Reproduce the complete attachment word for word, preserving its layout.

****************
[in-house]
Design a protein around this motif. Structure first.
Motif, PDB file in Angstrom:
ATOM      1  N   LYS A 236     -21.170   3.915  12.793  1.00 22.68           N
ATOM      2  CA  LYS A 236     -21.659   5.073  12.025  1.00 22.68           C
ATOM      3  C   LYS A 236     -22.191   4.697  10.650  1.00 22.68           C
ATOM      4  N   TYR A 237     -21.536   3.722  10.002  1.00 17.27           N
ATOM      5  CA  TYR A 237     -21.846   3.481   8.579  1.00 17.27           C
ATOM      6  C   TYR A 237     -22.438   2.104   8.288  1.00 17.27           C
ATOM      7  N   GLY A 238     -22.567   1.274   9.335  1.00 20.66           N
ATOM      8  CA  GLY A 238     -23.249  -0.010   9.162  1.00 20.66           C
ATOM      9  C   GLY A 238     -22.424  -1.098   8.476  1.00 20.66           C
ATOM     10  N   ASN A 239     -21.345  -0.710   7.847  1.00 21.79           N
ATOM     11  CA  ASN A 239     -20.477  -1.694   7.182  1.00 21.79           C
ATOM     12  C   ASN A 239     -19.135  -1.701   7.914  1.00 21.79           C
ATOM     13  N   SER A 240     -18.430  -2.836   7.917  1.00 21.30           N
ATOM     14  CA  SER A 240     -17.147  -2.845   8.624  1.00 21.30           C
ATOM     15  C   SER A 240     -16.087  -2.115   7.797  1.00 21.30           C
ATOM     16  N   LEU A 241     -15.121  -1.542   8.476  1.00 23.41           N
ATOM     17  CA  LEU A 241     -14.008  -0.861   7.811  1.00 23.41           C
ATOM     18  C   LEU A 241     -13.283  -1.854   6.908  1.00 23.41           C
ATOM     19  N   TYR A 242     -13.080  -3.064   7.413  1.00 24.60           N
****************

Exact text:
[in-house]
Design a protein around this motif. Structure first.
Motif, PDB file in Angstrom:
ATOM      1  N   LYS A 236     -21.170   3.915  12.793  1.00 22.68           N
ATOM      2  CA  LYS A 236     -21.659   5.073  12.025  1.00 22.68           C
ATOM      3  C   LYS A 236     -22.191   4.697  10.650  1.00 22.68           C
ATOM      4  N   TYR A 237     -21.536   3.722  10.002  1.00 17.27           N
ATOM      5  CA  TYR A 237     -21.846   3.481   8.579  1.00 17.27           C
ATOM      6  C   TYR A 237     -22.438   2.104   8.288  1.00 17.27           C
ATOM      7  N   GLY A 238     -22.567   1.274   9.335  1.00 20.66           N
ATOM      8  CA  GLY A 238     -23.249  -0.010   9.162  1.00 20.66           C
ATOM      9  C   GLY A 238     -22.424  -1.098   8.476  1.00 20.66           C
ATOM     10  N   ASN A 239     -21.345  -0.710   7.847  1.00 21.79           N
ATOM     11  CA  ASN A 239     -20.477  -1.694   7.182  1.00 21.79           C
ATOM     12  C   ASN A 239     -19.135  -1.701   7.914  1.00 21.79           C
ATOM     13  N   SER A 240     -18.430  -2.836   7.917  1.00 21.30           N
ATOM     14  CA  SER A 240     -17.147  -2.845   8.624  1.00 21.30           C
ATOM     15  C   SER A 240     -16.087  -2.115   7.797  1.00 21.30           C
ATOM     16  N   LEU A 241     -15.121  -1.542   8.476  1.00 23.41           N
ATOM     17  CA  LEU A 241     -14.008  -0.861   7.811  1.00 23.41           C
ATOM     18  C   LEU A 241     -13.283  -1.854   6.908  1.00 23.41           C
ATOM     19  N   TYR A 242     -13.080  -3.064   7.413  1.00 24.60           N